Date of this Version
Young, R.A.P. 2015. Phosphorus Release Potential of Agricultural Soils of the United States. PhD dissertation. University of Nebraska - Lincoln.
Phosphorus (P) is one of the leading causes of surface water quality decline in the United States, leading to algal blooms and hypoxia in lakes and streams. Decreasing conservation funds dictate that agencies such as the Natural Resources Conservation Service, maximizes its effectiveness and efficiency in implementing practices to address P management and runoff on agricultural lands. Additional information on P behavior in soil is needed to improve P management plans to reduce pollution risk at the watershed, farm, and field scales. This research focuses on the development of total soil P release models, to be included into assessment and management tools to better identify agricultural soils that pose the greatest threat to surface water if eroded, and to improve existing nutrient loss models.
Soil P sorption behaviors and relationships with other soil properties were investigated on 313 agricultural surface soils from across the U.S. Different soil grouping schemes were investigated when analyzing and modeling soil P sorption behaviors at the national-level. Three large watershed areas with known P issues were also investigated to compare watershed-specific models to overall national-level models.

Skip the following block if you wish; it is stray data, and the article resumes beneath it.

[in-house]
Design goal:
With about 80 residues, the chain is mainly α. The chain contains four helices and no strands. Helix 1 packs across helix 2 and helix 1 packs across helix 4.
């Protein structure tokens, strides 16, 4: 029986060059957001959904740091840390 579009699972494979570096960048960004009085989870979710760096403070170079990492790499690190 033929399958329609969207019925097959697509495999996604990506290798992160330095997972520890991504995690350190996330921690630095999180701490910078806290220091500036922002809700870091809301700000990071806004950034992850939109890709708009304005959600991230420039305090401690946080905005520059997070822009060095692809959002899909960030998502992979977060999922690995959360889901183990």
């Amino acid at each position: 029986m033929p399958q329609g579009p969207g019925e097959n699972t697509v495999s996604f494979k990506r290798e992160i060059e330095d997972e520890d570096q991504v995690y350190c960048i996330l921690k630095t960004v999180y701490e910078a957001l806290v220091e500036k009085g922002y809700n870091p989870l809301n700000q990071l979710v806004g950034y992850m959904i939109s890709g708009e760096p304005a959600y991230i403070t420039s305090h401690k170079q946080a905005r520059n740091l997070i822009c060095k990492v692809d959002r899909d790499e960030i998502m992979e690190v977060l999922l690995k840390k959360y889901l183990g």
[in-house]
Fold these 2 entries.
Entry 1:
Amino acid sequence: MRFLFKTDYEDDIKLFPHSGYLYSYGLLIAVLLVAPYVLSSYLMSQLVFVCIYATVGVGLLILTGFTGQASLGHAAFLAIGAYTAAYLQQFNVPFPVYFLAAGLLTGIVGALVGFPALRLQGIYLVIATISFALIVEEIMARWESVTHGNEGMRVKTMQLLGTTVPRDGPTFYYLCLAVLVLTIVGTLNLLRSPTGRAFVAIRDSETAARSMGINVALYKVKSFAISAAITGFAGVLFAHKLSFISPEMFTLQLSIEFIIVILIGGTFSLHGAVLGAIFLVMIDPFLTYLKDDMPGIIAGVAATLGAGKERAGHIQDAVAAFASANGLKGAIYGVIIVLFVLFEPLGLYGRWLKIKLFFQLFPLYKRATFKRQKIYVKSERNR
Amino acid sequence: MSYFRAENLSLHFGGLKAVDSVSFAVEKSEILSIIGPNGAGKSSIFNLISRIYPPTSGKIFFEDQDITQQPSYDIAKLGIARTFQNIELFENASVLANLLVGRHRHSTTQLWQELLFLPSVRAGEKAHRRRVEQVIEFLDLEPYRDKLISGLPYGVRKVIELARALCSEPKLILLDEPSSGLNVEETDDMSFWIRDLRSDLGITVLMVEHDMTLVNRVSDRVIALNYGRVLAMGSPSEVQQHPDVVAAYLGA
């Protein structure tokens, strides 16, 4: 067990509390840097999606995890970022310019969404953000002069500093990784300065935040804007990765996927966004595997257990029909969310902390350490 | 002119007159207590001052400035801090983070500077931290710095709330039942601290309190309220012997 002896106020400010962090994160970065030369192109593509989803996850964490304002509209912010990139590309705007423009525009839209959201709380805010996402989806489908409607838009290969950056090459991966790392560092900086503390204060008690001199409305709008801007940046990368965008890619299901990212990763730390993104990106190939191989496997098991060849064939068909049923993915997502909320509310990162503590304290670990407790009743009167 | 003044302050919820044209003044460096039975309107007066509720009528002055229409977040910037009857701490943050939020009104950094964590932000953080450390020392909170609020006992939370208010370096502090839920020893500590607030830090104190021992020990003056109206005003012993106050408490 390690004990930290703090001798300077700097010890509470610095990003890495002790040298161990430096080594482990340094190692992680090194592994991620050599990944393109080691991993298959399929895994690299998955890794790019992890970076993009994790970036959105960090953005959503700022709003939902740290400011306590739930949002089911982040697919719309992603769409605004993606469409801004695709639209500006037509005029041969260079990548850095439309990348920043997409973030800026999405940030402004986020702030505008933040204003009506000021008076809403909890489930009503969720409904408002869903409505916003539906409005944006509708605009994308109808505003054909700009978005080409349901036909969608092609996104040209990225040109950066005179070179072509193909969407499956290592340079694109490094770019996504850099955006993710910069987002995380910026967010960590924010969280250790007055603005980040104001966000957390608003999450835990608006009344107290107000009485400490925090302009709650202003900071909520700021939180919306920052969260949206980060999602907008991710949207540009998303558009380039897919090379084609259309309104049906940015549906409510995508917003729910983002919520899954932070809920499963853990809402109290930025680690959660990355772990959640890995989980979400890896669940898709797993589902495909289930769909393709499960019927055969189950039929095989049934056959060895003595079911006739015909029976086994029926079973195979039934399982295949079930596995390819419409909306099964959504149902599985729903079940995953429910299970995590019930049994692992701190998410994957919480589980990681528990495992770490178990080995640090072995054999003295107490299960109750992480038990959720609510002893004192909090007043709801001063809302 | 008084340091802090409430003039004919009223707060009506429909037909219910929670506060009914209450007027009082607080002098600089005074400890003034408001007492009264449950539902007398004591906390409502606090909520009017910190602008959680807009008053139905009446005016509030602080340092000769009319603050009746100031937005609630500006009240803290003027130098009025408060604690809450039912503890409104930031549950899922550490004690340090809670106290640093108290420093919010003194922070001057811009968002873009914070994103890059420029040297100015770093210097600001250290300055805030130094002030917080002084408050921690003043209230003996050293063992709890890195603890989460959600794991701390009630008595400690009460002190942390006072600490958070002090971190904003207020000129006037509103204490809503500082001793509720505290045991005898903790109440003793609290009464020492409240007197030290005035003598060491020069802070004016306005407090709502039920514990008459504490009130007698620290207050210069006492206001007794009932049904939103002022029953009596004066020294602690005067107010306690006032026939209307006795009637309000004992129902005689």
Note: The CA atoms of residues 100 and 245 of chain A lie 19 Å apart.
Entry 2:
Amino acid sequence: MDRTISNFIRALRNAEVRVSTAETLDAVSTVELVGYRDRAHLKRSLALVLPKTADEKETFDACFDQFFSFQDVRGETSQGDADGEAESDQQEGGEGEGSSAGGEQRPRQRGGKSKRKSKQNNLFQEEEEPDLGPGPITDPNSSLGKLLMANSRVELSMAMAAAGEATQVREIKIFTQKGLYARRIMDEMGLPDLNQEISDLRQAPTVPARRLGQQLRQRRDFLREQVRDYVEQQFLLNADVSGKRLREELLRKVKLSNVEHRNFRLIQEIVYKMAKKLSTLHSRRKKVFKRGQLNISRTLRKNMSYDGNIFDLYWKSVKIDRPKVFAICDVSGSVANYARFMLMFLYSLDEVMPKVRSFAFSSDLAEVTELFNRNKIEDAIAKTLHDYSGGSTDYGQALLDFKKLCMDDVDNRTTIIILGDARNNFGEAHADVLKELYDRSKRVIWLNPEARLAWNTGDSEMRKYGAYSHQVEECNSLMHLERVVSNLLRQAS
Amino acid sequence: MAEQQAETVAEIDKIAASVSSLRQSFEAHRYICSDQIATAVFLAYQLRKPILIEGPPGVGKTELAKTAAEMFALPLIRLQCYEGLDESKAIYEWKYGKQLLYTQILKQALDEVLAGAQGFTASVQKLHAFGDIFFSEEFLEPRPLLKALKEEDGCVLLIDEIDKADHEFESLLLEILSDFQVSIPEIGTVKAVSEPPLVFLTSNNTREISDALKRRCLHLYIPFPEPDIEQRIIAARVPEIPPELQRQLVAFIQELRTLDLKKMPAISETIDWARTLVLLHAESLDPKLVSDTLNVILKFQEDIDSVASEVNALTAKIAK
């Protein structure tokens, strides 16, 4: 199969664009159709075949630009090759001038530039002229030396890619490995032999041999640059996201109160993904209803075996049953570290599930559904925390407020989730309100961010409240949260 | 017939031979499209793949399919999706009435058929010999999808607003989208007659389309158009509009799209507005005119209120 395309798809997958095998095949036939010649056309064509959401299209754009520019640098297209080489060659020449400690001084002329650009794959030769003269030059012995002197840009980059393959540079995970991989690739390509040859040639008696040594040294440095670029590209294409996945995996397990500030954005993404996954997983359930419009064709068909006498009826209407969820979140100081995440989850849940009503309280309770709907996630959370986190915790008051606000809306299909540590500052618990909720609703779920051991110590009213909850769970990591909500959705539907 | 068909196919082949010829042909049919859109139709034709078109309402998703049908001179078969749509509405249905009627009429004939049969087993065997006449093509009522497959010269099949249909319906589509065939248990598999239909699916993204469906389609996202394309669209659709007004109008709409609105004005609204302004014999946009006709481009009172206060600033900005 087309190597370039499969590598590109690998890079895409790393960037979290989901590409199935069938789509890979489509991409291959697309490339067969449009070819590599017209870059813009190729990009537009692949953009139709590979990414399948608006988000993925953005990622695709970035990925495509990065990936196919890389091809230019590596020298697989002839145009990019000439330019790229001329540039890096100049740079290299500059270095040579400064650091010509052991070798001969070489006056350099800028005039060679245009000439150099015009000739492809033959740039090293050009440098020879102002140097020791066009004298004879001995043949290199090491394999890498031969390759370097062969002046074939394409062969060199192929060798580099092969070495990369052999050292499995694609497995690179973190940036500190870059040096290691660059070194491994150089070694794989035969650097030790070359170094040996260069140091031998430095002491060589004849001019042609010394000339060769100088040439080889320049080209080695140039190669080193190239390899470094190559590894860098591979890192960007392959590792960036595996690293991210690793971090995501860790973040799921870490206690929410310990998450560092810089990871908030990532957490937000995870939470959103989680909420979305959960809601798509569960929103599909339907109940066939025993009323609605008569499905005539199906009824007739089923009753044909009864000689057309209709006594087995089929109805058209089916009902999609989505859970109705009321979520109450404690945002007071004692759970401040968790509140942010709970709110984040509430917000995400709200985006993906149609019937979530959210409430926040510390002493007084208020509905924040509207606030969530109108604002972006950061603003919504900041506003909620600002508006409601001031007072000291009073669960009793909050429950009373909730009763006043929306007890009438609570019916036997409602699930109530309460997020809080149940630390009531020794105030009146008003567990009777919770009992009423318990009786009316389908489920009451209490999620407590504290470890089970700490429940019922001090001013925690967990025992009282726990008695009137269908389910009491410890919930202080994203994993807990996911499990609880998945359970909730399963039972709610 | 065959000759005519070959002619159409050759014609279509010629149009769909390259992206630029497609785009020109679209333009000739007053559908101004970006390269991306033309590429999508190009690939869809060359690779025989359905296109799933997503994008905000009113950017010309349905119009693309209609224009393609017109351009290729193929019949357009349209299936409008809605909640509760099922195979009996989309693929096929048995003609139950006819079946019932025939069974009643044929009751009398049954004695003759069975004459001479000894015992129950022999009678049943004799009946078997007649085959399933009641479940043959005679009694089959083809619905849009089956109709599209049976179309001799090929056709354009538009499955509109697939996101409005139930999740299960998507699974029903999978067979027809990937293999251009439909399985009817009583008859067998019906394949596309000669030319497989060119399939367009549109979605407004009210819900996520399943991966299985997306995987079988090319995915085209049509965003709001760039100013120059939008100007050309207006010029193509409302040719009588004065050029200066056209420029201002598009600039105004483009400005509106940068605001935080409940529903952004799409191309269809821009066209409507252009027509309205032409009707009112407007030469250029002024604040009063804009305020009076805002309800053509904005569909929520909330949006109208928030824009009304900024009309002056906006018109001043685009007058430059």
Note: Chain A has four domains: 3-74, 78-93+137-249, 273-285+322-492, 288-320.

Overall results showed that, (a) oxalate extractable and Mehlich-3 extractable P tests are the most appropriate soil P tests for estimating total P release and P adsorption in most soils, (b) total P release prediction models improve when soils are grouped based on their calcium carbonate content and degree of weathering or modeled at a large watershed level, than at a general national-scale, (c) the majority of statistically significant and reliable total P release prediction models include clay and either oxalate or Mehlich-3 extractable Al, (d) potential risk models can differ greatly within a given area or watershed, depending on the employed modeling scheme (i.e. area-specific vs. national-level), and that (d) with further research and refinement, the relationships and models developed in these studies have the potential of improving current P Indices and assessment tools, and subsequent management recommendations and practices.
Advisor: Mark S. Kuzila